Cards, Mets begin tussle for World Series trip
Wednesday, October 11, 2006
New York posted the best record in the National League, while St. Louis squeezed into the playoffs.
NEW YORK -- The New York Mets sailed through the season, while the St. Louis Cardinals squeaked into the playoffs.
All that matters now, however, are the next nine days.
After finishing 13 1/2 games apart this year, the Mets and Cardinals will play for a pennant when the best-of-seven NL Championship Series begins tonight with Tom Glavine on the mound for New York against a rejuvenated Jeff Weaver.
"I think we can compete with anybody and we're just going to go out there and prove it," St. Louis slugger Albert Pujols said. "It doesn't matter how bad or how good you look in the paper. You need to go out there and prove it when you cross that line 8 o'clock tomorrow."
Both teams are all banged up. The Mets have been missing injured pitchers Pedro Martinez and Orlando Hernandez since the postseason began, and left fielder Cliff Floyd is hobbled by an ailing Achilles' tendon.
St. Louis should have All-Star third baseman Scott Rolen back in Game 1 after he received a cortisone shot for his surgically repaired left shoulder. But center fielder Jim Edmonds has been fighting the effects of a concussion, and the pitching staff lacks injured closer Jason Isringhausen and starter Mark Mulder.
Yet plenty of stars are still at full strength, including Pujols.
Much of the talk as the teams worked out Tuesday at Shea Stadium centered on whether New York's depleted pitching staff could contain the reigning MVP -- and whether the Mets would pitch to him at all.
"Yes, and carefully," Glavine said. "So much of it depends on the situation of the game.
"He's really no different than anybody else -- you have to be aggressive," the 40-year-old lefty added. "Sooner or later, we're going to have to pitch to him before the series is over. He's not going to walk every time he comes up there, I can assure you of that."
But with Rolen and Edmonds hurting, St. Louis' lineup looks less than imposing aside from Pujols, who batted .331 with 49 homers and 137 RBIs this year. It would seem the smartest strategy for the Mets might be to force someone else to try and beat them.
"It's tough for one guy to win a seven-game series for a team," New York third baseman David Wright said. "You have to keep him from the RBI situations."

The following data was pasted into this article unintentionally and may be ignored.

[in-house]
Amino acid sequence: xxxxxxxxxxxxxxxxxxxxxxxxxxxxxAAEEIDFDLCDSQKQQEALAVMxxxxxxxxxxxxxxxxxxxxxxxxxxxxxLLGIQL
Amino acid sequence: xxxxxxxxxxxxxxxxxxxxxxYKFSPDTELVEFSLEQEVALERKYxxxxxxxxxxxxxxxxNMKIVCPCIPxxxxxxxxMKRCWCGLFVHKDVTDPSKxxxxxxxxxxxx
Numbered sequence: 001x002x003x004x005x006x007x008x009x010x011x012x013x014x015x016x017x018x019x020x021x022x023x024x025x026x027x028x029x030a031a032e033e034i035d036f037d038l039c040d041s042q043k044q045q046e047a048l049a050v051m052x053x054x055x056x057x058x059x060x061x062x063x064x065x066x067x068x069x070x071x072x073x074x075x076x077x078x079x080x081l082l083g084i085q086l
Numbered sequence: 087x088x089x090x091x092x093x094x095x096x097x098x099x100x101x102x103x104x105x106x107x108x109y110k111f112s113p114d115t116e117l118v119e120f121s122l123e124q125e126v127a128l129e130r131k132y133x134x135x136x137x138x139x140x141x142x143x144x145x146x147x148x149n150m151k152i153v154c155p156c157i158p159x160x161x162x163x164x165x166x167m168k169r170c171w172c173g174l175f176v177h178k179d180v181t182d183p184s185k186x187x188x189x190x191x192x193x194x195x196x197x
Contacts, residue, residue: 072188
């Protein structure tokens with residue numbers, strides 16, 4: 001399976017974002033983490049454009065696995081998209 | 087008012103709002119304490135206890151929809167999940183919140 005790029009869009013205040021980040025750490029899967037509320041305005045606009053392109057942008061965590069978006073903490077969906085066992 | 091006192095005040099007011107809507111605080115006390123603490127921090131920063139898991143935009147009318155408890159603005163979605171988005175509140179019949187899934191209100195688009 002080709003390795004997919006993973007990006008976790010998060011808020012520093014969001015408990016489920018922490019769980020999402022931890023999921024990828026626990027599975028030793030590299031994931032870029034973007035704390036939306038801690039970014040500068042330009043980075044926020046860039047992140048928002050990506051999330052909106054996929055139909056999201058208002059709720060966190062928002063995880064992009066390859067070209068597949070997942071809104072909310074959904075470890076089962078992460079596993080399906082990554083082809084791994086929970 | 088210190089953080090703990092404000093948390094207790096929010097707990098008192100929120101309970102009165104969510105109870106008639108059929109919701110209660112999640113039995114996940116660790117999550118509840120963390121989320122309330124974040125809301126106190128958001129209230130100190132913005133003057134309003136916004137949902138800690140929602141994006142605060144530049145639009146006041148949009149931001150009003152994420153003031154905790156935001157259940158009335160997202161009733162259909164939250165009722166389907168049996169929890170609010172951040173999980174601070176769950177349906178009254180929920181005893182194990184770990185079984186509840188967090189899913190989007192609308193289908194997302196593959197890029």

Pujols hit a key home run in the first round against San Diego, a series the Cardinals (83-78) won impressively in four games after going 3-9 to end the season and nearly squandir big NL Central lead.
"If you want to walk him, walk him. The guys that hit behind him have made that strategy not pay off enough to where managers say, this is not good," St. Louis skipper Tony La Russa said. "My favorite quote, when you deal with really dangerous hitters -- it's about competition, not cowards. You raise competitors, not cowards. I really like that."
La Russa has his Cardinals in the NLCS for the third straight season and fifth time in seven years overall -- a run that began with a loss to the wild-card Mets in 2000. St. Louis is 1-3 in its last four NLCS appearances and is still looking for its first World Series championship since 1982.
The Mets went on to lose the Subway Series in 2000 to the crosstown Yankees, already eliminated from this year's postseason.
So after a three-game sweep of the Los Angeles Dodgers in the division series, the Mets (97-65) own the Big Apple in October for a change. And even without Martinez and Hernandez, the NL East champions are favored by some to win their first World Series title since 1986.
The reasons for that are New York's deep bullpen and a balanced, relentless lineup that starts with speedy Jose Reyes getting on base for sluggers Carlos Beltran, Carlos Delgado and Wright.
"It's tough to see some guys get hurt. But what are you going to do, roll over and quit? You might as well keep fighting. We've come so far," said Delgado, who batted .429 with a homer and several clutch hits against the Dodgers -- the first playoff series of his 14-year career.
"Unorthodox in baseball means absolutely nothing. Just win, and label it however you want."
Then there's the Mets' home-field advantage at raucous Shea Stadium. And Glavine, a 290-game winner who tossed six shutout innings to beat Los Angeles in Game 2.
"Glavine kind of stabilizes this team," closer Billy Wagner said.
The Cardinals' staff features ace Chris Carpenter, the 2005 NL Cy Young Award winner. He went 2-0 with a 2.03 ERA in the first round and is slated to start Game 3 against New York -- then possibly Game 7, if necessary.
But on the mound for St. Louis in the opener will be Weaver, a bit of a reclamation project after he was cast off by the Angels in July. And he knows New York all too well following an unsuccessful stint with the Yankees from 2002-03, when he was often booed lustily in the Bronx.
"That definitely prepared me for anything that can come my way," Weaver said.
The Mets would appear to have a late-inning advantage over St. Louis' rebuilt bullpen, which includes three rookies -- among them stand-in closer Adam Wainwright. But Cardinals relievers pitched 13 1/3 scoreless innings in the first round, and Wainwright had a save and six strikeouts in three appearances.earances.